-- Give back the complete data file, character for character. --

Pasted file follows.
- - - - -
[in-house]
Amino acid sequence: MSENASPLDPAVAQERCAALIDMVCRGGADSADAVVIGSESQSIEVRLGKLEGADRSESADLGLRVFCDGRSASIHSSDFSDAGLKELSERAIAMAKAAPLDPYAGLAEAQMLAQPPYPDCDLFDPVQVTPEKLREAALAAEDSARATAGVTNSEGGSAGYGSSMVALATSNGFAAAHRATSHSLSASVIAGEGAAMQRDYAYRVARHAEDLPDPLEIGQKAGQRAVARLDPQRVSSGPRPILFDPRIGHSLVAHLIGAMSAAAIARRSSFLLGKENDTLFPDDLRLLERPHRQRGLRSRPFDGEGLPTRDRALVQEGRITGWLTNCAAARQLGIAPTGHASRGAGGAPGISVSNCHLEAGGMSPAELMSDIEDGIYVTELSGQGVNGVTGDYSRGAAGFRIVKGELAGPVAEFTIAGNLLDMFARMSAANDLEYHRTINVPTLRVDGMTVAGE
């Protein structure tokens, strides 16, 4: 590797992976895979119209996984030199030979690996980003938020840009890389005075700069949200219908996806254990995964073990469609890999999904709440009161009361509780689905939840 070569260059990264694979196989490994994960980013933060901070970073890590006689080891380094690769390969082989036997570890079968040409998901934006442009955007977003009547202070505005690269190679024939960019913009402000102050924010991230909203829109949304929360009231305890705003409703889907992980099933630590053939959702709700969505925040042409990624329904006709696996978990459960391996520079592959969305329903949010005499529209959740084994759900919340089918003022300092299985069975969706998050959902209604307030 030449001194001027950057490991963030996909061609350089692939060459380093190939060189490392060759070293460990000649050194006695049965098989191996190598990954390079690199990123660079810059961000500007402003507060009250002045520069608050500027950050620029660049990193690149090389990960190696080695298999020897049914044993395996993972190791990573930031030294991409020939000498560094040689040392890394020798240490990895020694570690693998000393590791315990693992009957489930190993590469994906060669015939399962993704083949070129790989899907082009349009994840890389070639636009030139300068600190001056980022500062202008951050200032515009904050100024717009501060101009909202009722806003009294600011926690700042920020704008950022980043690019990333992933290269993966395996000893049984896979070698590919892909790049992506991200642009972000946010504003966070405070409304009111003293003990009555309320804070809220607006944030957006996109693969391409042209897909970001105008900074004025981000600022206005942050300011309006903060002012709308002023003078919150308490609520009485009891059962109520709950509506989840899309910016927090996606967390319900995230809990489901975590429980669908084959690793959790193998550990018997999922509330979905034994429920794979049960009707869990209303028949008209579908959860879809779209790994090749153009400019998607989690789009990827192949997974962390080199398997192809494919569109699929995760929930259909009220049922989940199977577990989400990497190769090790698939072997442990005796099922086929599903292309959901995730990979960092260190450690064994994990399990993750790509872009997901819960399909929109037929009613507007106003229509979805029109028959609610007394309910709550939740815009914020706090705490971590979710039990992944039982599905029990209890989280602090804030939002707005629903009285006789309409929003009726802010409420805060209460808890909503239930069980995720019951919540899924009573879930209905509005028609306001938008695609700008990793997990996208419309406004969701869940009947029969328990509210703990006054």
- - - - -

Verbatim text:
[in-house]
Amino acid sequence: MSENASPLDPAVAQERCAALIDMVCRGGADSADAVVIGSESQSIEVRLGKLEGADRSESADLGLRVFCDGRSASIHSSDFSDAGLKELSERAIAMAKAAPLDPYAGLAEAQMLAQPPYPDCDLFDPVQVTPEKLREAALAAEDSARATAGVTNSEGGSAGYGSSMVALATSNGFAAAHRATSHSLSASVIAGEGAAMQRDYAYRVARHAEDLPDPLEIGQKAGQRAVARLDPQRVSSGPRPILFDPRIGHSLVAHLIGAMSAAAIARRSSFLLGKENDTLFPDDLRLLERPHRQRGLRSRPFDGEGLPTRDRALVQEGRITGWLTNCAAARQLGIAPTGHASRGAGGAPGISVSNCHLEAGGMSPAELMSDIEDGIYVTELSGQGVNGVTGDYSRGAAGFRIVKGELAGPVAEFTIAGNLLDMFARMSAANDLEYHRTINVPTLRVDGMTVAGE
């Protein structure tokens, strides 16, 4: 590797992976895979119209996984030199030979690996980003938020840009890389005075700069949200219908996806254990995964073990469609890999999904709440009161009361509780689905939840 070569260059990264694979196989490994994960980013933060901070970073890590006689080891380094690769390969082989036997570890079968040409998901934006442009955007977003009547202070505005690269190679024939960019913009402000102050924010991230909203829109949304929360009231305890705003409703889907992980099933630590053939959702709700969505925040042409990624329904006709696996978990459960391996520079592959969305329903949010005499529209959740084994759900919340089918003022300092299985069975969706998050959902209604307030 030449001194001027950057490991963030996909061609350089692939060459380093190939060189490392060759070293460990000649050194006695049965098989191996190598990954390079690199990123660079810059961000500007402003507060009250002045520069608050500027950050620029660049990193690149090389990960190696080695298999020897049914044993395996993972190791990573930031030294991409020939000498560094040689040392890394020798240490990895020694570690693998000393590791315990693992009957489930190993590469994906060669015939399962993704083949070129790989899907082009349009994840890389070639636009030139300068600190001056980022500062202008951050200032515009904050100024717009501060101009909202009722806003009294600011926690700042920020704008950022980043690019990333992933290269993966395996000893049984896979070698590919892909790049992506991200642009972000946010504003966070405070409304009111003293003990009555309320804070809220607006944030957006996109693969391409042209897909970001105008900074004025981000600022206005942050300011309006903060002012709308002023003078919150308490609520009485009891059962109520709950509506989840899309910016927090996606967390319900995230809990489901975590429980669908084959690793959790193998550990018997999922509330979905034994429920794979049960009707869990209303028949008209579908959860879809779209790994090749153009400019998607989690789009990827192949997974962390080199398997192809494919569109699929995760929930259909009220049922989940199977577990989400990497190769090790698939072997442990005796099922086929599903292309959901995730990979960092260190450690064994994990399990993750790509872009997901819960399909929109037929009613507007106003229509979805029109028959609610007394309910709550939740815009914020706090705490971590979710039990992944039982599905029990209890989280602090804030939002707005629903009285006789309409929003009726802010409420805060209460808890909503239930069980995720019951919540899924009573879930209905509005028609306001938008695609700008990793997990996208419309406004969701869940009947029969328990509210703990006054």